From ZDNet (Dancho Danchev)
The official web site of Paul McCartney (paulmccartney.com) has been compromised, and is serving live exploits to its visitors [zdnet.com].
According to Mary Landesman [scansafe.com], the compromise might have occurred through stolen FTP accounting data, taking into consideration the fact that the campaign is also present at several different flat HTML only web sites. Read the full story [zdnet.com]
Browsing Category: Malware
From ZDNet (Dancho Danchev)
By Andrew Storms
The looming mobile malware threat of the past decade has yet to materialize. The reason for its lack of fruition, according to scientists, is due to geography and the lack of a dominant market shareholder. However well done the math, the scientific study is flawed nonetheless. “Understanding the Spreading Patterns of Mobile Phone Viruses” a new paper by 4 scientists fails take into account modern malware trends and operational knowledge of security vendors like those of antivirus companies.
Trojan downloaders and malware that masquerades as security software are the two fastest growing threats on the Web right now, according an analysis by Microsoft’s Malware Protection Center. In its latest Software Intelligence Report, released on Wednesday, the MMPC found that a Trojan downloader named Renos that installs rogue security software was the most prevalent threat in the second half of 2008, increasing by 66 percent.
The experts at SRI International, who have been tracking the Conficker worm as closely as anyone, have released the source code to the scanner they wrote to detect the active P2P scanning that Conficker-infected machines perform.
From Washington Post (Brian Krebs)
Web site host and domain name registrar Register.com has been the target of a sustained attack this week [washingtonpost.com], disrupting service for thousands of customers. The attacks began on Wednesday, causing a three-hour outage for many Web sites that rely on the company for hosting and/or use the company’s domain name system (DNS) servers, said Roni Jacobson, executive vice president at Register.com.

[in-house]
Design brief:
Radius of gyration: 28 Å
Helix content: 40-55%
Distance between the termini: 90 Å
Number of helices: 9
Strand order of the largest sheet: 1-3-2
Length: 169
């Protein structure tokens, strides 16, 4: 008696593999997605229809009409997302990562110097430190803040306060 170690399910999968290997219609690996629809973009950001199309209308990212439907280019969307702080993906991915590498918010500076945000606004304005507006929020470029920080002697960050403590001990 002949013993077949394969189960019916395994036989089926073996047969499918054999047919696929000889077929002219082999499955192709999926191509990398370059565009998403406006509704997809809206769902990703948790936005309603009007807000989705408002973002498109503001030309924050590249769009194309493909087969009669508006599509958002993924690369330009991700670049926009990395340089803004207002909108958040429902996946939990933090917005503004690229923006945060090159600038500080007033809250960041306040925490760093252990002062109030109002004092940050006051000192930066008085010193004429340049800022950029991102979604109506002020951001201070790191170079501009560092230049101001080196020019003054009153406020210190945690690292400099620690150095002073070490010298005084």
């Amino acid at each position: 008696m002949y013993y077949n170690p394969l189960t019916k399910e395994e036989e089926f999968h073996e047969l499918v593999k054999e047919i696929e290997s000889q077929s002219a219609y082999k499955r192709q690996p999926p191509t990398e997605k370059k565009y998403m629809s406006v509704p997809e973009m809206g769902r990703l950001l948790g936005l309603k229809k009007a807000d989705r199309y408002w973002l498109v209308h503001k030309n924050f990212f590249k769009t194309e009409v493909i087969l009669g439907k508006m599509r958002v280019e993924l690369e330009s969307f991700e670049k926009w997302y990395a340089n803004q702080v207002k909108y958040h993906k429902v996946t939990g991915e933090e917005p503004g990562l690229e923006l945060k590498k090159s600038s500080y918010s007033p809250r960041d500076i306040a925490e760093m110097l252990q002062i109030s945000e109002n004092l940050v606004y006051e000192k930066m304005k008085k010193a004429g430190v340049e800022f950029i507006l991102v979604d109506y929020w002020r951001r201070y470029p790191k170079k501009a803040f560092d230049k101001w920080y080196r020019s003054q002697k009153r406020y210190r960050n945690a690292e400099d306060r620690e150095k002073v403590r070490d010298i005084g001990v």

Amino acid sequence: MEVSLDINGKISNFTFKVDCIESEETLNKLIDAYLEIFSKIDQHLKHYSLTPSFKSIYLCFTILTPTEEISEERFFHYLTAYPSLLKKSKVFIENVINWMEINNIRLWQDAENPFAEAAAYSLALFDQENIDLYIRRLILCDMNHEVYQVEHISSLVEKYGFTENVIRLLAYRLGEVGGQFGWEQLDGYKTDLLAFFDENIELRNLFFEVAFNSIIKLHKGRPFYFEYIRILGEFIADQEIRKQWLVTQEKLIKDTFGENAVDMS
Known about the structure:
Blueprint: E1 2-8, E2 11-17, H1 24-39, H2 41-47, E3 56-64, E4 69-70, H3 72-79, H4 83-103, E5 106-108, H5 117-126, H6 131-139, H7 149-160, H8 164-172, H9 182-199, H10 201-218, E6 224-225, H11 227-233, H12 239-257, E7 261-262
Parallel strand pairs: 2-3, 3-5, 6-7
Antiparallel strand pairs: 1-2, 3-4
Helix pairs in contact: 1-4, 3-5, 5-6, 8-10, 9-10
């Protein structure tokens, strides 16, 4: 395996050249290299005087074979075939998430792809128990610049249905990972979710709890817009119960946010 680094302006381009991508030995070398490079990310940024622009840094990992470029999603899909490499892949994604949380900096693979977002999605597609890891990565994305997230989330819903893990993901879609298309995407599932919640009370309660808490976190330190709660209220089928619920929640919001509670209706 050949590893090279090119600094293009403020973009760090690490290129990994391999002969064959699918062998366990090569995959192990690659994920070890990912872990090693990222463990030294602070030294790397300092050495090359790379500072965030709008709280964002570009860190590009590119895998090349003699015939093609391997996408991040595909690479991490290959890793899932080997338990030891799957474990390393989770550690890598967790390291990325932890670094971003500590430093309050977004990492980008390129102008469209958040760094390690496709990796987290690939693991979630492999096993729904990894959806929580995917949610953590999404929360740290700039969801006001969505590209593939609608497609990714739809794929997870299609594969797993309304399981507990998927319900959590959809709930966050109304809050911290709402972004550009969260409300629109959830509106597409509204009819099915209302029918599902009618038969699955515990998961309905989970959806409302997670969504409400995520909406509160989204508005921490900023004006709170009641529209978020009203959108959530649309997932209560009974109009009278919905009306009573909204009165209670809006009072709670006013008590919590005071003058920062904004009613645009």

Read the full story [washingtonpost.com]
An old, but little-known worm has copied some of the infection strategies of Conficker [computerworld.com], the worm that raised a ruckus last week, Microsoft security researchers said late Friday.
Neeris, which harks to May 2005, is now exploiting the same Windows bug that Conficker put to good use, and is spreading through flash drives, another Conficker characteristic, said Ziv Mador and Aaron Putnam, researchers with the Microsoft Malware Protection Center. Read the full story [computerworld.com]
The mere existence of the Conficker Working Group (also known as the Conficker Cabal) is something of a minor miracle. Security vendors do not have a long history of cooperating with each other, aside from the perhaps the antivirus companies sharing samples. But, as an unidentified member of the Conficker Working Group writes in this diary entry [sans.org], the joint effort to stop the spread of Conficker could be used as a blueprint for future cooperative eforts.
From Facebook, by Jeff Williams, Microsoft
When the Koobface worm hit Facebook users last year, the company’s security team scrambled to help affected users reset their accounts and avoid new infections. But the worm has continued to crop up periodically since then, and so the anti-malware team at Microsoft has been helping the Facebook technicians get a handle on the attack.
From Dark Reading, by Kelly Jackson Higgins
In the last couple of years, SQL injection attacks have become the favorite tactic of pentration testers, cyber criminals and script kiddies alike. But some researchers are taking the technique to a new level. At Black Hat Europe later this month, a British researcher will show off a tactic for using SQL injection to take control of the database behind the Web server.
Lost amid all of the breathless reporting on Conficker’s update mechanism this week was the fact that machines infected with the latest version of the worm, Conficker.C, have effectively stopped previous versions of the worm from spreading.